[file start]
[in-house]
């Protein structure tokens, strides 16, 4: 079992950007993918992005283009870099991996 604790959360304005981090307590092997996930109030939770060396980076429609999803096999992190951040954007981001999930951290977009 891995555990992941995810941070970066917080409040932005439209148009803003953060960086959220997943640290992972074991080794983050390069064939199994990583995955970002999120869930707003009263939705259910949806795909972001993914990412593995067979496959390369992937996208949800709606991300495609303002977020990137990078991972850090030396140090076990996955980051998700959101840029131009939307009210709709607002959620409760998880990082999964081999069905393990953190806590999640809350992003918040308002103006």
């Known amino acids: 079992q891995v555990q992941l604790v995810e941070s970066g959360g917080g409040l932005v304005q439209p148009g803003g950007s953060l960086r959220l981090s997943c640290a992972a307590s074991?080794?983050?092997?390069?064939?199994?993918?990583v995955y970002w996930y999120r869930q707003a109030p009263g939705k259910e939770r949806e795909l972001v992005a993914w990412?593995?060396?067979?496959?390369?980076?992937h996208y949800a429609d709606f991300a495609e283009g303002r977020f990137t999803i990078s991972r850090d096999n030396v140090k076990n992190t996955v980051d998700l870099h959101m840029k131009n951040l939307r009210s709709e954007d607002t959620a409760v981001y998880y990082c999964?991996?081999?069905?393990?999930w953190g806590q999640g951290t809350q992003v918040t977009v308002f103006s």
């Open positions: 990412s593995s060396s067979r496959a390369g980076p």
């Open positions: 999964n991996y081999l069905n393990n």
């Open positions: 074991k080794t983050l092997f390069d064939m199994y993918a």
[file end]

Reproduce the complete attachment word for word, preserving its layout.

[in-house]
């Protein structure tokens, strides 16, 4: 079992950007993918992005283009870099991996 604790959360304005981090307590092997996930109030939770060396980076429609999803096999992190951040954007981001999930951290977009 891995555990992941995810941070970066917080409040932005439209148009803003953060960086959220997943640290992972074991080794983050390069064939199994990583995955970002999120869930707003009263939705259910949806795909972001993914990412593995067979496959390369992937996208949800709606991300495609303002977020990137990078991972850090030396140090076990996955980051998700959101840029131009939307009210709709607002959620409760998880990082999964081999069905393990953190806590999640809350992003918040308002103006």
């Known amino acids: 079992q891995v555990q992941l604790v995810e941070s970066g959360g917080g409040l932005v304005q439209p148009g803003g950007s953060l960086r959220l981090s997943c640290a992972a307590s074991?080794?983050?092997?390069?064939?199994?993918?990583v995955y970002w996930y999120r869930q707003a109030p009263g939705k259910e939770r949806e795909l972001v992005a993914w990412?593995?060396?067979?496959?390369?980076?992937h996208y949800a429609d709606f991300a495609e283009g303002r977020f990137t999803i990078s991972r850090d096999n030396v140090k076990n992190t996955v980051d998700l870099h959101m840029k131009n951040l939307r009210s709709e954007d607002t959620a409760v981001y998880y990082c999964?991996?081999?069905?393990?999930w953190g806590q999640g951290t809350q992003v918040t977009v308002f103006s």
């Open positions: 990412s593995s060396s067979r496959a390369g980076p």
């Open positions: 999964n991996y081999l069905n393990n």
């Open positions: 074991k080794t983050l092997f390069d064939m199994y993918a």